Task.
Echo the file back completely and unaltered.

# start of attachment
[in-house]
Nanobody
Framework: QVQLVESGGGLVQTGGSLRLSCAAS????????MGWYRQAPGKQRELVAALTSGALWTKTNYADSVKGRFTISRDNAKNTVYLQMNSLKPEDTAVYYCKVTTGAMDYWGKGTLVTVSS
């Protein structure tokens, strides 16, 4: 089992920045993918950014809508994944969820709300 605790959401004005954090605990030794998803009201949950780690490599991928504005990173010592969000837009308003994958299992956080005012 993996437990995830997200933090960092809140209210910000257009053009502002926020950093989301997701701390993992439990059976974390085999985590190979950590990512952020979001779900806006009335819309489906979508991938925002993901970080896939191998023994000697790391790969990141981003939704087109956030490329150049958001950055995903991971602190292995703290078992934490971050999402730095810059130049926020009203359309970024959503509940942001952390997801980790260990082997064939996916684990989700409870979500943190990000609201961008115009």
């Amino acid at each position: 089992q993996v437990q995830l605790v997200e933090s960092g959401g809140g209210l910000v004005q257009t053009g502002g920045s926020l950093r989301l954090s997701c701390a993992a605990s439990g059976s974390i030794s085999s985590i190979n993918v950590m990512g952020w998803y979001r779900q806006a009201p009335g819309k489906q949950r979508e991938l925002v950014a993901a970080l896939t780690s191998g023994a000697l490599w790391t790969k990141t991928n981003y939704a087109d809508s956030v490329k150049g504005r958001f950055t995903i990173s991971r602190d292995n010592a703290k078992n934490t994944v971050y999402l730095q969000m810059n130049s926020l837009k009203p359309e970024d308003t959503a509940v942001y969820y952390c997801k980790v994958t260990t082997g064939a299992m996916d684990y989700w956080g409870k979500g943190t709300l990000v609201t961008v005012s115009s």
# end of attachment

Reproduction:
[in-house]
Nanobody
Framework: QVQLVESGGGLVQTGGSLRLSCAAS????????MGWYRQAPGKQRELVAALTSGALWTKTNYADSVKGRFTISRDNAKNTVYLQMNSLKPEDTAVYYCKVTTGAMDYWGKGTLVTVSS
């Protein structure tokens, strides 16, 4: 089992920045993918950014809508994944969820709300 605790959401004005954090605990030794998803009201949950780690490599991928504005990173010592969000837009308003994958299992956080005012 993996437990995830997200933090960092809140209210910000257009053009502002926020950093989301997701701390993992439990059976974390085999985590190979950590990512952020979001779900806006009335819309489906979508991938925002993901970080896939191998023994000697790391790969990141981003939704087109956030490329150049958001950055995903991971602190292995703290078992934490971050999402730095810059130049926020009203359309970024959503509940942001952390997801980790260990082997064939996916684990989700409870979500943190990000609201961008115009």
């Amino acid at each position: 089992q993996v437990q995830l605790v997200e933090s960092g959401g809140g209210l910000v004005q257009t053009g502002g920045s926020l950093r989301l954090s997701c701390a993992a605990s439990g059976s974390i030794s085999s985590i190979n993918v950590m990512g952020w998803y979001r779900q806006a009201p009335g819309k489906q949950r979508e991938l925002v950014a993901a970080l896939t780690s191998g023994a000697l490599w790391t790969k990141t991928n981003y939704a087109d809508s956030v490329k150049g504005r958001f950055t995903i990173s991971r602190d292995n010592a703290k078992n934490t994944v971050y999402l730095q969000m810059n130049s926020l837009k009203p359309e970024d308003t959503a509940v942001y969820y952390c997801k980790v994958t260990t082997g064939a299992m996916d684990y989700w956080g409870k979500g943190t709300l990000v609201t961008v005012s115009s």